Drugs

See Medicines, later.

 

Eye Exam

You can include in medical expenses the amount you pay for eye examinations.

 

Eyeglasses

You can include in medical expenses amounts you pay for eyeglasses and contact lenses needed for medical reasons. See Contact Lenses , earlier, for more information.

Eye Surgery

You can include in medical expenses the amount you pay for eye surgery to treat defective vision, such as laser eye surgery or radial keratotomy.

 

Laboratory Fees

You can include in medical expenses the amounts you pay for laboratory fees that are part of medical care.

 

Meals

You can include in medical expenses the cost of meals at a hospital or similar institution if a principal reason for being there is to get medical care.
You can't include in medical expenses the cost of meals that aren't part of inpatient care. Also see Weight-Loss Program and Nutritional Supplements , later.

 

Medicines

You can include in medical expenses amounts you pay for prescribed medicines and drugs. A prescribed drug is one that requires a prescription by a doctor for its use by an individual. You can also include amounts you pay for insulin. Except for insulin, you can't include in medical expenses amounts you pay for a drug that isn't prescribed.

 

Imported medicines and drugs.  

If you imported medicines or drugs from other countries, see Medicines and Drugs From Other Countries , under What Expenses Aren't Includible, later.

 

Optometrist

See Eyeglasses , earlier.

 

 

Transportation

You can include in medical expenses amounts paid for transportation primarily for, and essential to, medical care.

 

You can include:  

Bus, taxi, train, or plane fares or ambulance service,

 

Transportation expenses of a parent who must go with a child who needs medical care,

 

Transportation expenses of a nurse or other person who can give injections, medications, or other treatment required by a patient who is traveling to get medical care and is unable to travel alone, and

 

Transportation expenses for regular visits to see a mentally ill dependent, if these visits are recommended as a part of treatment.

 

Car expenses.   You can include out-of-pocket expenses, such as the cost of gas and oil, when you use a car for medical reasons. You can't include depreciation, insurance, general repair, or maintenance expenses.

 If you don't want to use your actual expenses for 2016, you can use the standard medical mileage rate of 19 cents a mile.

 

You can also include parking fees and tolls. You can add these fees and tolls to your medical expenses whether you use actual expenses or the standard mileage rate.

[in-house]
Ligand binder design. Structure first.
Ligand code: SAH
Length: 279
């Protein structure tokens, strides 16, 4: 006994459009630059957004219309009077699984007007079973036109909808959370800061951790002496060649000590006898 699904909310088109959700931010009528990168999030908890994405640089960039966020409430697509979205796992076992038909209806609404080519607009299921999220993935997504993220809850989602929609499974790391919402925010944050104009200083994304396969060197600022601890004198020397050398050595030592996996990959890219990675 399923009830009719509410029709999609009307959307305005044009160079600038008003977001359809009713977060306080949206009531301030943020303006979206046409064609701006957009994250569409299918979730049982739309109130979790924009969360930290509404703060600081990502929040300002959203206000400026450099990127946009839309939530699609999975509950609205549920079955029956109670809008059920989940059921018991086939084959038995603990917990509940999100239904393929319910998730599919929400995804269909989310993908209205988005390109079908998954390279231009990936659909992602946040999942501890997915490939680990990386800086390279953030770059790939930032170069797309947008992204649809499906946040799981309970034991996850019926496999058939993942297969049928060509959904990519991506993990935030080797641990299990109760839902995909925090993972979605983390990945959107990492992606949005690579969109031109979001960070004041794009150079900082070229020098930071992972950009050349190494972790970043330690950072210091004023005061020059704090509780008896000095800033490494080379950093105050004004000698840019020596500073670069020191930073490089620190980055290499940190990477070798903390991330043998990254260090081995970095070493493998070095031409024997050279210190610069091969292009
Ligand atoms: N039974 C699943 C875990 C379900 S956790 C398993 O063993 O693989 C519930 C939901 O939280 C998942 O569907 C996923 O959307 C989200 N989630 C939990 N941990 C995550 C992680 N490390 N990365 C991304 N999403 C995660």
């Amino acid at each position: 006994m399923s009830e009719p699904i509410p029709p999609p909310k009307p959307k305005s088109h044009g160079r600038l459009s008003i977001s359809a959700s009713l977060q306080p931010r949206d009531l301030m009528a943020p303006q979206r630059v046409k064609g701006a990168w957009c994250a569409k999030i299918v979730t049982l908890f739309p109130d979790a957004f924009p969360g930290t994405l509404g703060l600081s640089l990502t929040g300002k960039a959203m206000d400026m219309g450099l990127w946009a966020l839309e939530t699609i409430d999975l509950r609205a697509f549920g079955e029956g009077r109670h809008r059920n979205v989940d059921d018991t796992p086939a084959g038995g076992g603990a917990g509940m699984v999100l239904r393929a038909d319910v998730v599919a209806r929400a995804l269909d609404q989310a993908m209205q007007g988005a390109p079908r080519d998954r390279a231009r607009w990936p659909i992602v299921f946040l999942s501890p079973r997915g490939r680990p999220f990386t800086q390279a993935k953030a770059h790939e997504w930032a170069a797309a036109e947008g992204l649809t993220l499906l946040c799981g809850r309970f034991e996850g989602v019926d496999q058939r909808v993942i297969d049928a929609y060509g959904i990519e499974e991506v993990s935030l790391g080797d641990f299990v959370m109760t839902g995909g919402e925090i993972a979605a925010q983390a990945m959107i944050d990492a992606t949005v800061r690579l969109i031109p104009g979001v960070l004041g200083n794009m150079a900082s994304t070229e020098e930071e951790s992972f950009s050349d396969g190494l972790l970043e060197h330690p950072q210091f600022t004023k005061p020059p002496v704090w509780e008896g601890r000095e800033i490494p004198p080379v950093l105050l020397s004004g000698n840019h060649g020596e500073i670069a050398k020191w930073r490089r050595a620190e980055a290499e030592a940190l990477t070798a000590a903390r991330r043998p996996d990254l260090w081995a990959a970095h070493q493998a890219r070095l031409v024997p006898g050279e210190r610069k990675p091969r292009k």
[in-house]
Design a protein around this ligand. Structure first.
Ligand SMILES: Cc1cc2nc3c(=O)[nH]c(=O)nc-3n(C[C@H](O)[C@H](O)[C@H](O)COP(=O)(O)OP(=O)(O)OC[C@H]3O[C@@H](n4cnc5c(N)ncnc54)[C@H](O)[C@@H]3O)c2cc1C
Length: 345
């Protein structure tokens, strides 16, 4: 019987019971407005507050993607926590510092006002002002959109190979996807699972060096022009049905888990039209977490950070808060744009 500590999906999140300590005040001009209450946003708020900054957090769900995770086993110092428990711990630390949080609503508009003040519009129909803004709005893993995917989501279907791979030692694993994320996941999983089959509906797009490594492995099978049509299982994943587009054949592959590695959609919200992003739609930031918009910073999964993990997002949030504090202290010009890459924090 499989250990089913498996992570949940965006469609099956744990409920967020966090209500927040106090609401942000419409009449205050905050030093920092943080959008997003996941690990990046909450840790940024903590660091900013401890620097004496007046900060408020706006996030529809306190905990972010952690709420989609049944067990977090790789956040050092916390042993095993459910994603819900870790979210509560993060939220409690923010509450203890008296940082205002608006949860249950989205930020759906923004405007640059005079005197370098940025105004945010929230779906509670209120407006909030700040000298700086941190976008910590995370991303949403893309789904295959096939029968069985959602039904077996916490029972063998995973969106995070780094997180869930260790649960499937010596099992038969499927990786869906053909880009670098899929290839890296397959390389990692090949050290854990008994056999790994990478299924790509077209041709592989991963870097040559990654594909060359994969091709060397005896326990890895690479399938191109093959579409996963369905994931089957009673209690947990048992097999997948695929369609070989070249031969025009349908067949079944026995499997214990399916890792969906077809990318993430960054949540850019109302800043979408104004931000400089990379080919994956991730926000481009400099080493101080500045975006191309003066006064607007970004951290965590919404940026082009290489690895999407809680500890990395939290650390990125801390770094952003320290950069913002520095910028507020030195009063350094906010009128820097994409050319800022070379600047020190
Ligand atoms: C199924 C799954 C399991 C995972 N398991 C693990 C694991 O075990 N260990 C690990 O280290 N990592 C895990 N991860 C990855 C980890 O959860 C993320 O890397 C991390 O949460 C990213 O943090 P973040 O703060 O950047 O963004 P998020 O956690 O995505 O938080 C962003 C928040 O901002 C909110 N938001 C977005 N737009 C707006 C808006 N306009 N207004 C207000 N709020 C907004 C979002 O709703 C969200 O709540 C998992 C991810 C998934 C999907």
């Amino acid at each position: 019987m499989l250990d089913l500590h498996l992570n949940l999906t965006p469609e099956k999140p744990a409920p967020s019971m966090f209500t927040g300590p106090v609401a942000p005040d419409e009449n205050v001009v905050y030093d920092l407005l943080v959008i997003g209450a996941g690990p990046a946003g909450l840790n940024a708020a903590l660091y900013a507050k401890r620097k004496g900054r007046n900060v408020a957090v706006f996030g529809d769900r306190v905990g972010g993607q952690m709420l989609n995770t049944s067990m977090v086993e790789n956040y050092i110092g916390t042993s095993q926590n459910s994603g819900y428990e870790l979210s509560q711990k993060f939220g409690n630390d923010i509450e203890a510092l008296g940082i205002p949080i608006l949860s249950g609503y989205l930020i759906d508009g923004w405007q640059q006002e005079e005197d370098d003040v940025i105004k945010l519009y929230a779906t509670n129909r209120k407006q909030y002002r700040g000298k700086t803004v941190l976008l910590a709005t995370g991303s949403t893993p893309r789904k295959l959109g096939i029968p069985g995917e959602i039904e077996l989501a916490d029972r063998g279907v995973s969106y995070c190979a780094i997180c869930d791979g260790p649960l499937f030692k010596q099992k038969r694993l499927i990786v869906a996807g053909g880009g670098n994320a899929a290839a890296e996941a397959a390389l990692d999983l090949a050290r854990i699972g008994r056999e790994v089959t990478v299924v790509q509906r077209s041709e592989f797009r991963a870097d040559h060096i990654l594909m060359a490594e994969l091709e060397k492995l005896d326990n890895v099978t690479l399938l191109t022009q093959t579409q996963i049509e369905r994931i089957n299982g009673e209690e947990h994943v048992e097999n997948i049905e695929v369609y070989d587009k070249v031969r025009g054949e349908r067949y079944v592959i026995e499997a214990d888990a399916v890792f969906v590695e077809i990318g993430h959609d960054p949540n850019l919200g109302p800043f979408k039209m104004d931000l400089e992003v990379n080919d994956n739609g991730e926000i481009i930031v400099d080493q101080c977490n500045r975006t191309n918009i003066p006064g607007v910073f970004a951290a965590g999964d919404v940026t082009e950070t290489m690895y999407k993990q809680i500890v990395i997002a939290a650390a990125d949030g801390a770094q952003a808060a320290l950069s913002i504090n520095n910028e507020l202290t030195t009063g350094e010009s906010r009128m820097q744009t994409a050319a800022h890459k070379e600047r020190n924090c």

Example.

 

In 2016, Bill Jones drove 2,800 miles for medical reasons. He spent $450 for gas, $30 for oil, and $100 for tolls and parking. He wants to figure the amount he can include in medical expenses both ways to see which gives him the greater deduction.

 

He figures the actual expenses first. He adds the $450 for gas, the $30 for oil, and the $100 for tolls and parking for a total of $580.

 

He then figures the standard mileage amount. He multiplies 2,800 miles by 19 cents a mile for a total of $532. He then adds the $100 tolls and parking for a total of $632.

 

Bill includes the $632 of car expenses with his other medical expenses for the year because the $632 is more than the $580 he figured using actual expenses.

 

Transportation expenses you can't include.    You can't include in medical expenses the cost of transportation in the following situations.

Going to and from work, even if your condition requires an unusual means of transportation.

 

Travel for purely personal reasons to another city for an operation or other medical care.

 

Travel that is merely for the general improvement of one's health.

 

The costs of operating a specially equipped car for other than medical reasons.

 

Trips

You can include in medical expenses amounts you pay for transportation to another city if the trip is primarily for, and essential to, receiving medical services. You may be able to include up to $50 for each night for each person. You can include lodging for a person traveling with the person receiving the medical care. For example, if a parent is traveling with a sick child, up to $100 per night can be included as a medical expense for lodging. Meals aren't included. See Lodging , earlier.

 

You can't include in medical expenses a trip or vacation taken merely for a change in environment, improvement of morale, or general improvement of health, even if the trip is made on the advice of a doctor. However, see Medical Conferences , earlier.

 

 

Vision Correction Surgery

See Eye Surgery , earlier.